Monday, 28 June 2010

Free booze - Elderflower Champagne

Well ok not completely free but it is freeish, as long as you dont mind a bit of a wait. Given that you probably still have elderflowers somewhere near you I recommend you get out and pick them now and youll have your freeish booze in 2 weeks!

I saw the first elderflowers in bloom two weeks ago and was so excited that I immediately grabbed some and brought them home. Then they sat in my kitchen for 2 days and promptly went quite smelly. The secret to elderflower cordial or champagne is fresh, just off the tree, in bloom elderflower. I have read that they freeze well so if you see some and dont think that you can do this today then that might be an idea. If you dont live in the country you're still ok, you can find these almost everywhere on the sides of roads, in parks and loads of other places but youre probably better off looking for slightly less polluted ones than half way along the m50. Also dont blame me if you get into trouble for picking them, much as the booze was my idea the idea to steal them from your next door neighbours back garden was not*.

Ive seen a lot of different recipes for Elderflower champagne but went for the first I found on google by the fantastic Hugh Fearnley-Whittingstall which is available here.

What you will need (for 6 litres - I doubled this)
  • a big clean bucket/storage bin/saucepan (to hold at least 7 litres)
  • Water 4 litres hot, 2 litres cold
  • 700g sugar
  • 4 lemons (zest and juice)
  • 15 heads of elderflower
  • 2 tablespoons of white wine vinegar
  • a pinch of dried yeast (although you wont need this for a few days)
  • Muslin for covering and sieving through
  • Good strong bottles, I used these Slom bottles from ikea

  1. Get your big container and clean it. 
  2. Run out and get those elderflowers. You really only need the bloom itself and a little bit of the stalk its attached to (dont bother with leaves)
  3. Pour the hot water into your container and then mix in the sugar until dissolved.
  4. Add the cold water, wine vinegar, lemon zest, lemon juice and elderflower. Stir a little bit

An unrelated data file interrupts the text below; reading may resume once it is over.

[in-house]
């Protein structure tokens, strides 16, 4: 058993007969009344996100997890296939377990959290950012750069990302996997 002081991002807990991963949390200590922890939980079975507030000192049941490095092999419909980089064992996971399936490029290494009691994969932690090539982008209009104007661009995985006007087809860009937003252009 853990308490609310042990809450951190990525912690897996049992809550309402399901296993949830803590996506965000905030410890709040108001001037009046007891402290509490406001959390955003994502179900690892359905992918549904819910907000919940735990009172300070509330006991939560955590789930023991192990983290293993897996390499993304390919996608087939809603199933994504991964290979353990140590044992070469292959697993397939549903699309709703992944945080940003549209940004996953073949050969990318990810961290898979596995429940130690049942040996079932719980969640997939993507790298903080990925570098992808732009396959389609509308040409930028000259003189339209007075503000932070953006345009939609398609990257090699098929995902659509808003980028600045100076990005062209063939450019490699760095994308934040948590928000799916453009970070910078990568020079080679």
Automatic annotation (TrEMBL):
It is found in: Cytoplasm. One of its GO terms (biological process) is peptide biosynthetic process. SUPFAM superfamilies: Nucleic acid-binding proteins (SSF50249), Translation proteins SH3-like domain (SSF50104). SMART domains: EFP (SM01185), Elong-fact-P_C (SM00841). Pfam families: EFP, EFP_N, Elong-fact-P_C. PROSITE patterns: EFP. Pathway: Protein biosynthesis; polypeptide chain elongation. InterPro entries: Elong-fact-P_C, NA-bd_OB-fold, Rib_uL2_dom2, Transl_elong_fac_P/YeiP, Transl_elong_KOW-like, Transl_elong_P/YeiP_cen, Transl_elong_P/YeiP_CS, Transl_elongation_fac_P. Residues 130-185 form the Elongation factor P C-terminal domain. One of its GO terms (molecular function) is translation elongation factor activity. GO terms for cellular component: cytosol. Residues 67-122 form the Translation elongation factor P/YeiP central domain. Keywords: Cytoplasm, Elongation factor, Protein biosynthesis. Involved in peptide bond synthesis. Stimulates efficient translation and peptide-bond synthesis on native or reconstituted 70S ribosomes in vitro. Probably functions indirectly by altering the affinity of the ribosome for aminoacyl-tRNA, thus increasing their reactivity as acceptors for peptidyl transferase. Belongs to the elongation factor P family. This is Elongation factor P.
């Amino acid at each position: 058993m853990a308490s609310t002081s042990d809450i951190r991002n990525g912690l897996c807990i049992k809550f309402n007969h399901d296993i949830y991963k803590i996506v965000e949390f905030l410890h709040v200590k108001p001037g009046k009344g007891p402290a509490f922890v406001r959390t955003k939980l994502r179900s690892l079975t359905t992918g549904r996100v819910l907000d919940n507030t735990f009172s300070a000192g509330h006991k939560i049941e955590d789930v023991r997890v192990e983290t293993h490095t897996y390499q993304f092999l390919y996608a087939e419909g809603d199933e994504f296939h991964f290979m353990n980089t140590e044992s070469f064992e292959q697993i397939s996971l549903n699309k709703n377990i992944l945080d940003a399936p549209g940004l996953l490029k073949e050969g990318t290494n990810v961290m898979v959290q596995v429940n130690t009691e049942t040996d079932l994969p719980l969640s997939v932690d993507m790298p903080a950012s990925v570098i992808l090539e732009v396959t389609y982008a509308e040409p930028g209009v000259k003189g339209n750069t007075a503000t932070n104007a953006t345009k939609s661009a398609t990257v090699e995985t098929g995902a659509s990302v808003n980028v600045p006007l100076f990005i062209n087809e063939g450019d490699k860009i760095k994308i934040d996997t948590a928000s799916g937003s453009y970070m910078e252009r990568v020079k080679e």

5. Cover with muslin and leave to ferment somewhere cool
  6. After 3-4 days check to see if there are any bubbles/froth or any sign of fermentation. If not add your pinch of yeast. Mine didnt froth until adding the yeast but after that it sounded a little like rice krispies in milk.
  7. Leave again for 4 days until the bubbling subsides, apparently there are ways of telling when its ready  using all sorts of gadgets but I did this on the cheap and just waited the 4 days and was happy that the bubbling had stopped a bit. It also tasted far less sweet than it did a few days before which was a good sign - less sweetness = more alcohol. It looked just like this (which looks like it would smell awful but really was quite lovely smelling)
  8. Grab a colander and line with muslin and put it over a large pot. Pour the mixture through the muslin.
  9. Pour into your glass bottles and seal. 
  10. Leave bottles somewhere cool for a week before opening and drinking. Apparently its not uncommon for bottles to pop under the pressure so I would recommend leaving them in the bucket you used for fermenting just in case!

I havent tasted the finished product just yet but wanted to put this up to inspire some people to get out and pick elderflower while they still can. I'll post a quick update on Sunday! Remember kids, always drink responsibly. 

* mine were stolen by putting my hand through the fence of my local primary school, the caretaker who passed by as my co-conspirator and I were there with scissors didnt say a word.


  1. I made elderflower cordial last week, but the champagne sounds like a wonderful idea!

    Thanks a million for the freezing idea - it will be a while before I can make it up to Ikea.

    I'm off to Conrad Gallagher's restaurant on the strength of your review - really looking forward to it :-}}

  2. I hope freezing works as well as Darina says in her cookery school book, havent tried it myself. Do bear in mind that you wont need the bottles for a week after you start the champagne though!

    when are you heading to Salon des Saveurs? Will be interested to hear what you think!

  3. do NOT shake before opening!

  4. Loved the food in Salon des Saveurs - the service was another matter - very strange, slagging us each time they brought a course (one of our party was vegetarian) got annoying after a (short) while!!!

    Food really was great though.


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